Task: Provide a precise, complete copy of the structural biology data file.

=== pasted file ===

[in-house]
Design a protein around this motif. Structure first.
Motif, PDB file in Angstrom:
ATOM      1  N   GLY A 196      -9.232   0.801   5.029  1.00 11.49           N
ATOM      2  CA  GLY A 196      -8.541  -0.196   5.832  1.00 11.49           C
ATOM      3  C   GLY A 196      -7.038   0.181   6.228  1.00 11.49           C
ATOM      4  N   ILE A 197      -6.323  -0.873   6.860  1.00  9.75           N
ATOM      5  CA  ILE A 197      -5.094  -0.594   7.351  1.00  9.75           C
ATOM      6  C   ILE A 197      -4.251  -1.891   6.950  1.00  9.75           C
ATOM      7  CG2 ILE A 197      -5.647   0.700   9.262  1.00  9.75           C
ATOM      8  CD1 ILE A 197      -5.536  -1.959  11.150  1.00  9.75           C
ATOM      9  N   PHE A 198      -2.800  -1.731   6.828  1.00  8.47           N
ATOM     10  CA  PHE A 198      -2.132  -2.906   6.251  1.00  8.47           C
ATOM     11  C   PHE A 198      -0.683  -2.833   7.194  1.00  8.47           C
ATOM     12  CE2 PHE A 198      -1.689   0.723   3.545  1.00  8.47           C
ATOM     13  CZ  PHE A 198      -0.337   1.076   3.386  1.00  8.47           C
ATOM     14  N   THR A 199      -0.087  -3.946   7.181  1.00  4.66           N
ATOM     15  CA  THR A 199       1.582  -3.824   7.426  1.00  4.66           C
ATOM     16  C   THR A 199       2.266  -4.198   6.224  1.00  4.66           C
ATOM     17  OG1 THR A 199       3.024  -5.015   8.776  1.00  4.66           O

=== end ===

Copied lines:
[in-house]
Design a protein around this motif. Structure first.
Motif, PDB file in Angstrom:
ATOM      1  N   GLY A 196      -9.232   0.801   5.029  1.00 11.49           N
ATOM      2  CA  GLY A 196      -8.541  -0.196   5.832  1.00 11.49           C
ATOM      3  C   GLY A 196      -7.038   0.181   6.228  1.00 11.49           C
ATOM      4  N   ILE A 197      -6.323  -0.873   6.860  1.00  9.75           N
ATOM      5  CA  ILE A 197      -5.094  -0.594   7.351  1.00  9.75           C
ATOM      6  C   ILE A 197      -4.251  -1.891   6.950  1.00  9.75           C
ATOM      7  CG2 ILE A 197      -5.647   0.700   9.262  1.00  9.75           C
ATOM      8  CD1 ILE A 197      -5.536  -1.959  11.150  1.00  9.75           C
ATOM      9  N   PHE A 198      -2.800  -1.731   6.828  1.00  8.47           N
ATOM     10  CA  PHE A 198      -2.132  -2.906   6.251  1.00  8.47           C
ATOM     11  C   PHE A 198      -0.683  -2.833   7.194  1.00  8.47           C
ATOM     12  CE2 PHE A 198      -1.689   0.723   3.545  1.00  8.47           C
ATOM     13  CZ  PHE A 198      -0.337   1.076   3.386  1.00  8.47           C
ATOM     14  N   THR A 199      -0.087  -3.946   7.181  1.00  4.66           N
ATOM     15  CA  THR A 199       1.582  -3.824   7.426  1.00  4.66           C
ATOM     16  C   THR A 199       2.266  -4.198   6.224  1.00  4.66           C
ATOM     17  OG1 THR A 199       3.024  -5.015   8.776  1.00  4.66           O